Lady Macbeth movie review – overview
Lady Macbeth of the Mtsensk District
The Lady Macbeth movie by director William Oldroyd is based on the 1865 novel ‘Lady Macbeth of the Mtsensk District’ by Nikolai Leskov. Although the original Russian setting has been changed to northern England, the character names seem to have been retained, hence the out-of-context Boris, Alexander, Katherine and Sebastian. The setting and cinematography are beautiful – there are some stunning scenes out on the moors, and a recurrent and hauntingly beautiful scene where the Lady Macbeth character, Katherine, sits on a chaise long in the living room, looking straight into the camera, wearing stunning blue dresses.
rich man buys beautiful young woman
Katherine (Florence Pugh) has been bought by a wealthy mine owner to bear heirs by his son. She is effectively imprisoned in the family’s house on the moors – she is repeatedly discouraged by both Boris, the mine owner, and his faithful black servant Anna – from wandering onto the moors for fear of catching a chill – and seems destined for a loveless and joyless existence. Her husband is abusive and shows her no love or sexual interest, and the house is dour and cold.
Another movie that features a rich man buying an attractive young bride is Tulip Fever.
is abuse an excuse?
The theme for the movie seems to be how far a person’s actions can be forgiven by their ill treatment by others? Katherine is established as the movie’s heroine – partly by the repeated use of the ‘portrait’ technique where Katherine is the sole focus of our attention. We can see that she has a miserable existence, is abused by all those close to her, is imprisoned and constantly under surveillance and although still a young person, is isolated from any sense of fun. As the movie progresses she takes step after step towards releasing herself from her situation, in the process committing a number of sins. How shall we judge her? At which point, if at all, do we lose sympathy?
For a different take on the circumstances in which responsibility for actions is questionable, check out Mishima’s The Sailor Who Fell From Grace With the Sea.
Step one in Katherine’s dance is the poisoning murder of her abusive father-in-law. The guy is clearly a monster who treats Katherine as a slave – he tells her that he bought her along with some worthless land for the sole reason of giving him an heir.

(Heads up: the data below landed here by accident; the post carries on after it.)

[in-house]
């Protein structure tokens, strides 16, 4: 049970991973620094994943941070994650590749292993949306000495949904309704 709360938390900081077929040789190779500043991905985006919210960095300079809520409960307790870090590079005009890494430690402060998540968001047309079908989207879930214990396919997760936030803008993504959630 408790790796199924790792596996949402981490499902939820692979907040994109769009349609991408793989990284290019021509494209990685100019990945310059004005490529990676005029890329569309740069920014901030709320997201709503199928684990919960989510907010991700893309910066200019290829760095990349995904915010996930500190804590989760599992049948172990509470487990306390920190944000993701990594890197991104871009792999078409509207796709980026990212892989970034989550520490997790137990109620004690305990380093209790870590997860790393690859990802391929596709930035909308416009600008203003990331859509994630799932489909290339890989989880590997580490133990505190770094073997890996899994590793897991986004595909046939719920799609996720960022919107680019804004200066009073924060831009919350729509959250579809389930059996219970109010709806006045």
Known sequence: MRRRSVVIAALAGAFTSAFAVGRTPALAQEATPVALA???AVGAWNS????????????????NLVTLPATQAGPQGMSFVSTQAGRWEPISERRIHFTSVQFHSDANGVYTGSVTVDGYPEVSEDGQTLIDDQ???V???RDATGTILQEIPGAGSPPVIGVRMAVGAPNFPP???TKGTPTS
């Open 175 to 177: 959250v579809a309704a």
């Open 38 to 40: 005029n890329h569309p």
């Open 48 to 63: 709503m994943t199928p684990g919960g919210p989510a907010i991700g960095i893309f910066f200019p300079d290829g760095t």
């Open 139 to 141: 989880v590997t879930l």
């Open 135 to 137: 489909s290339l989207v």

Step two, she takes a lover from amongst the servants. Her husband is cold and neglectful, and she is starved of fun.
When her husband returns to the estate unexpectedly, and let’s it be known that he is aware of her affair, she murders him too.
Up to this point I think Katherine would have retained the sympathy of most audience members. The next step is where feelings diverge.
introducing: a rival
A venal local woman turns up at the house with papers that supposedly prove that her husband has admitted responsibility for a young black boy, whose mother has recently died. The woman moves into the house on the pretext of looking after the boy. Katherine is now moved out of her room to make way for the boy, and more importantly, is no longer able to live openly with her lover. The boy, although completely innocent, is very inconvenient to Katherine. No surprises what happens next – although as a serial killer Katherine shows a remarkable lack of pattern – a poisoning, a bashing and this time, a smothering.
Unfortunately for Katherine, her explanation for the boy’s demise isn’t accepted, and she ends up having to accuse her lover and family domestic. Her lover had accused her of the murder, and Anna, the domestic – in a sort of transference – had continually abused her by pulling her hair, scalding her and roughly treating her when doing up her corset, and had betrayed her a number of times to the mine owner and the local priest. Knowing that her accusations against the black servants were likely to be believed, and that they were likely to be hung as a result… were they fair game?
Review of Lady Macbeth movie
My score: an interesting and beautiful movie. The interiors, costumes and cinematography were stunning. Florence Pugh was excellent, and the story was interesting – food for thought. – 9/10